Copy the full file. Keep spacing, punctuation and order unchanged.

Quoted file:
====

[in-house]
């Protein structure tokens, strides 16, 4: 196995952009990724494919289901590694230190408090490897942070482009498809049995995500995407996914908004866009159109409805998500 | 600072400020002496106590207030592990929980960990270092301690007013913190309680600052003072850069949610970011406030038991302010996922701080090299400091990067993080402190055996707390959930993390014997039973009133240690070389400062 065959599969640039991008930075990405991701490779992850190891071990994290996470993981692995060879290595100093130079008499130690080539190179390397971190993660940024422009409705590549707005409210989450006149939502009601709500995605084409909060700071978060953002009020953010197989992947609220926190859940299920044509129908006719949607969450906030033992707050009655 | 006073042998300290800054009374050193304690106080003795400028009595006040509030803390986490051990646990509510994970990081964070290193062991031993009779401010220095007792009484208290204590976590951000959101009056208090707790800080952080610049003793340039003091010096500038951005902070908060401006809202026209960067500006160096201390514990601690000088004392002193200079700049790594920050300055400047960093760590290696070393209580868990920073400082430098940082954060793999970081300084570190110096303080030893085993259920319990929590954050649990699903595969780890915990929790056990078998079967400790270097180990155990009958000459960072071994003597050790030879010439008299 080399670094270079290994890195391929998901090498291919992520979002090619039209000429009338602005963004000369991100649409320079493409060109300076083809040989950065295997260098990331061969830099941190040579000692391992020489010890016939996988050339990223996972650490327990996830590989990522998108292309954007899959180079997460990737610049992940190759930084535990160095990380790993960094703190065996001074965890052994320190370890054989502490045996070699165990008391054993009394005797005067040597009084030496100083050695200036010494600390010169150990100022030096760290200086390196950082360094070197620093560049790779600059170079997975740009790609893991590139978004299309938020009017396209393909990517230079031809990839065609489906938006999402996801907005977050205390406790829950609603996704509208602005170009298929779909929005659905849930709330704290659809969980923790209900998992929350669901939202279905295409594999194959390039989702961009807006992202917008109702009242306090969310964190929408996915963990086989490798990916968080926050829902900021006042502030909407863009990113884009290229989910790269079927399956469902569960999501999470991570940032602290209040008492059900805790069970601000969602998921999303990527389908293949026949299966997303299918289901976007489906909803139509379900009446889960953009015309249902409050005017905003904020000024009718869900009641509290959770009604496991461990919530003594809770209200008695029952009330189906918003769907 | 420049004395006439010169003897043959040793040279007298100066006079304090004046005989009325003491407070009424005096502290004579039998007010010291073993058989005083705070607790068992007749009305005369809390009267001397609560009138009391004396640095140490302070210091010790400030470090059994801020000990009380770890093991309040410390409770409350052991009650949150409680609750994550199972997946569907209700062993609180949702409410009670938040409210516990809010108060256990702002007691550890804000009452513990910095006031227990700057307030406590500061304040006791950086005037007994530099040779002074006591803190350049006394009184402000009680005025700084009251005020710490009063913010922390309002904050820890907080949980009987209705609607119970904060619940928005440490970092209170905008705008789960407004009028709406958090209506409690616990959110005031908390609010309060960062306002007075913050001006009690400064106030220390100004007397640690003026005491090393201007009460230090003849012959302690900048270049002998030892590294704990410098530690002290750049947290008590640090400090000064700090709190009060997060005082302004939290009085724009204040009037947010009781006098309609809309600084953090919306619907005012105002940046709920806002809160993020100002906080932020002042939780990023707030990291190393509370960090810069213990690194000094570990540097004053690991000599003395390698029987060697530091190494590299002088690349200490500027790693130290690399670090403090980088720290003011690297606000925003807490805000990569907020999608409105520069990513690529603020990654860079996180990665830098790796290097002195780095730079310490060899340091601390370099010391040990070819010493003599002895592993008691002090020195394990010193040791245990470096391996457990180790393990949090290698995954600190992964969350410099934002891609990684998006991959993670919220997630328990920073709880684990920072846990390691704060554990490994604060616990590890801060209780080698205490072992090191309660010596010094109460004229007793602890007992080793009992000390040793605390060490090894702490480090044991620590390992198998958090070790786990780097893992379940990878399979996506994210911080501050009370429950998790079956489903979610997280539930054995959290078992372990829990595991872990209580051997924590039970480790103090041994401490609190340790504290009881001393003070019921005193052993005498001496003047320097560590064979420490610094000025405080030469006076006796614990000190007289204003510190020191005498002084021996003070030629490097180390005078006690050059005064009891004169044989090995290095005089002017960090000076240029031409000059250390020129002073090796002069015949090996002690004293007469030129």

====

[in-house]
């Protein structure tokens, strides 16, 4: 196995952009990724494919289901590694230190408090490897942070482009498809049995995500995407996914908004866009159109409805998500 | 600072400020002496106590207030592990929980960990270092301690007013913190309680600052003072850069949610970011406030038991302010996922701080090299400091990067993080402190055996707390959930993390014997039973009133240690070389400062 065959599969640039991008930075990405991701490779992850190891071990994290996470993981692995060879290595100093130079008499130690080539190179390397971190993660940024422009409705590549707005409210989450006149939502009601709500995605084409909060700071978060953002009020953010197989992947609220926190859940299920044509129908006719949607969450906030033992707050009655 | 006073042998300290800054009374050193304690106080003795400028009595006040509030803390986490051990646990509510994970990081964070290193062991031993009779401010220095007792009484208290204590976590951000959101009056208090707790800080952080610049003793340039003091010096500038951005902070908060401006809202026209960067500006160096201390514990601690000088004392002193200079700049790594920050300055400047960093760590290696070393209580868990920073400082430098940082954060793999970081300084570190110096303080030893085993259920319990929590954050649990699903595969780890915990929790056990078998079967400790270097180990155990009958000459960072071994003597050790030879010439008299 080399670094270079290994890195391929998901090498291919992520979002090619039209000429009338602005963004000369991100649409320079493409060109300076083809040989950065295997260098990331061969830099941190040579000692391992020489010890016939996988050339990223996972650490327990996830590989990522998108292309954007899959180079997460990737610049992940190759930084535990160095990380790993960094703190065996001074965890052994320190370890054989502490045996070699165990008391054993009394005797005067040597009084030496100083050695200036010494600390010169150990100022030096760290200086390196950082360094070197620093560049790779600059170079997975740009790609893991590139978004299309938020009017396209393909990517230079031809990839065609489906938006999402996801907005977050205390406790829950609603996704509208602005170009298929779909929005659905849930709330704290659809969980923790209900998992929350669901939202279905295409594999194959390039989702961009807006992202917008109702009242306090969310964190929408996915963990086989490798990916968080926050829902900021006042502030909407863009990113884009290229989910790269079927399956469902569960999501999470991570940032602290209040008492059900805790069970601000969602998921999303990527389908293949026949299966997303299918289901976007489906909803139509379900009446889960953009015309249902409050005017905003904020000024009718869900009641509290959770009604496991461990919530003594809770209200008695029952009330189906918003769907 | 420049004395006439010169003897043959040793040279007298100066006079304090004046005989009325003491407070009424005096502290004579039998007010010291073993058989005083705070607790068992007749009305005369809390009267001397609560009138009391004396640095140490302070210091010790400030470090059994801020000990009380770890093991309040410390409770409350052991009650949150409680609750994550199972997946569907209700062993609180949702409410009670938040409210516990809010108060256990702002007691550890804000009452513990910095006031227990700057307030406590500061304040006791950086005037007994530099040779002074006591803190350049006394009184402000009680005025700084009251005020710490009063913010922390309002904050820890907080949980009987209705609607119970904060619940928005440490970092209170905008705008789960407004009028709406958090209506409690616990959110005031908390609010309060960062306002007075913050001006009690400064106030220390100004007397640690003026005491090393201007009460230090003849012959302690900048270049002998030892590294704990410098530690002290750049947290008590640090400090000064700090709190009060997060005082302004939290009085724009204040009037947010009781006098309609809309600084953090919306619907005012105002940046709920806002809160993020100002906080932020002042939780990023707030990291190393509370960090810069213990690194000094570990540097004053690991000599003395390698029987060697530091190494590299002088690349200490500027790693130290690399670090403090980088720290003011690297606000925003807490805000990569907020999608409105520069990513690529603020990654860079996180990665830098790796290097002195780095730079310490060899340091601390370099010391040990070819010493003599002895592993008691002090020195394990010193040791245990470096391996457990180790393990949090290698995954600190992964969350410099934002891609990684998006991959993670919220997630328990920073709880684990920072846990390691704060554990490994604060616990590890801060209780080698205490072992090191309660010596010094109460004229007793602890007992080793009992000390040793605390060490090894702490480090044991620590390992198998958090070790786990780097893992379940990878399979996506994210911080501050009370429950998790079956489903979610997280539930054995959290078992372990829990595991872990209580051997924590039970480790103090041994401490609190340790504290009881001393003070019921005193052993005498001496003047320097560590064979420490610094000025405080030469006076006796614990000190007289204003510190020191005498002084021996003070030629490097180390005078006690050059005064009891004169044989090995290095005089002017960090000076240029031409000059250390020129002073090796002069015949090996002690004293007469030129």